In addition, there appear to be some Bookstart type programs which are provided by infant health agencies, or as initiatives by community organisations, but without public library involvement or connection. This lack of connection is unfortunate, as the public library is the community's major resource for quality reading resources for children and storytelling, particularly for lower socioeconomic, culturally and linguistically diverse and isolated communities.

The survey responses also indicate the extent to which Australian public libraries are attempting to promote family literacy and reading in school age children, young adults and beyond. A national consultation on Australian Bookstart would inevitably raise the need for better support for those efforts but nothing should distract from a focus, as the first priority, on Bookstart provided to all Australian babies regardless of the socioeconomic and educational circumstances into which they have been born

* The Australian Capital Territory has the most inclusive large Australian Bookstart program, similar to the UK program. Babies and their parents and caregivers in the nation's capital are advantaged relative to those in most parts of Australia. The City of Moreland in Melbourne also provides a national exemplar.

* Tasmania's recently introduced statewide lending scheme Babies who read, succeed is a variant of the Bookstart program, which has been well accepted. Its limitation--like that provided by Mudgee and Wollongong libraries in NSW and Adelaide Hills in SA--is that it is primarily of benefit to babies whose parents who already access a public library, who are more likely to be aware of the importance of reading to babies, and to be confident readers themselves. It is unlikely to be getting to those parents and babies who have most need, the 'at risk' parents and babies which have been the primary rationale for overseas Bookstart programs.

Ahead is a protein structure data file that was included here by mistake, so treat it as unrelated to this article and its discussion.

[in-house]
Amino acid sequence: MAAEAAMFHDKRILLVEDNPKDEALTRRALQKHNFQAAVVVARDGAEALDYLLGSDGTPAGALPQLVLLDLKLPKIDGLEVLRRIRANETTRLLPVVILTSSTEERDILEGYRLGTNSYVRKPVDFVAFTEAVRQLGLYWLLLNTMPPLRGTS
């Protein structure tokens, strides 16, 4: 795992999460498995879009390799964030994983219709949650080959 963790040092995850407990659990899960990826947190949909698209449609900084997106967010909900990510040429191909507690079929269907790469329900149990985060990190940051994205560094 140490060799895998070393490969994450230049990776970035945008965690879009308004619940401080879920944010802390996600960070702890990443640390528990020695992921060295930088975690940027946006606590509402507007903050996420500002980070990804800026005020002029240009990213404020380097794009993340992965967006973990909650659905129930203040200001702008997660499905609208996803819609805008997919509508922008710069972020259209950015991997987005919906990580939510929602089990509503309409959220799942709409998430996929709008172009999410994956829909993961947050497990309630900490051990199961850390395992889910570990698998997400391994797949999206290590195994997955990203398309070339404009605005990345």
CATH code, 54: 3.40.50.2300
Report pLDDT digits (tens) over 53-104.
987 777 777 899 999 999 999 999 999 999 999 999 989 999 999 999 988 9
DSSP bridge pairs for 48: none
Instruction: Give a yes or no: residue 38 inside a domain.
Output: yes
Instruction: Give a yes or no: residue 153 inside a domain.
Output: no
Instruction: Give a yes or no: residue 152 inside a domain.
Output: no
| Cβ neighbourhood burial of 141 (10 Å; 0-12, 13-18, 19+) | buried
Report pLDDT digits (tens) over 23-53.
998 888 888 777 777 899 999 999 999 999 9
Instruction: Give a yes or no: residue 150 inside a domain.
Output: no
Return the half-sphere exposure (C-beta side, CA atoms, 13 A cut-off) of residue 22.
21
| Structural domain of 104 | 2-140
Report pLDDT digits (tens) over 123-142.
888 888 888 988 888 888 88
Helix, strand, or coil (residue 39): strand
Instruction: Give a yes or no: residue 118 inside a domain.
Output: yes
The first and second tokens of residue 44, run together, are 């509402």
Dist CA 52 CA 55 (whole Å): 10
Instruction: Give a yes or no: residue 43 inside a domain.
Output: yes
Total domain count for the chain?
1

* Western Australia has more individual libraries some quite small--providing Bookstart than any other state, with over 1000 parent toolkits given away in pilot programs. A reading gateway has also been established (http//web.liswa.wa.gov.au/read.html). Its Better beginnings family literacy program has potential to underpin a statewide Bookstart program, and as a template for a national approach. Importantly, it has a quantitative and qualitative evaluation component involving researchers from Edith Cowan University, using funding from that university's commendable industry collaboration scheme grants.

* The State Library of Queensland's innovation grants have permitted local pilots of Bookstart programs, but apparently no ongoing funding.

* NSW, NT, South Australia and Victoria as yet have no inclusive and coordinated approach to Bookstart. However South Australia has recently established a working group of public librarians to develop a proposal for a statewide program, which has been provided with $50,000 by the Libraries Board of SA to underpin the proposal. NSW has grant funded a few projects, as has Victoria under its Best start program (www.beststart.vic.gov.au) which aims to improve the health, development, well-being and learning of all Victorian children 0-8 years.

A matter of quality

One of the issues raised by several respondents to the survey and to the draft report is the absolute importance of ensuring that Bookstart kits contain high quality books. Only one of the respondents, Quorn in South Australia, identified which books were being supplied for reading to babies (Mem Fox's Time for bed or Koala Lou)

One respondent commented that there are
 ... some gorgeous looking $6.99 board books for
 babies. They are ghastly--impossible to read aloud
 and appallingly written, without any sense of rhythm
 or beauty. Cheap books will not solve the literacy
 problem, they'll only exacerbate it.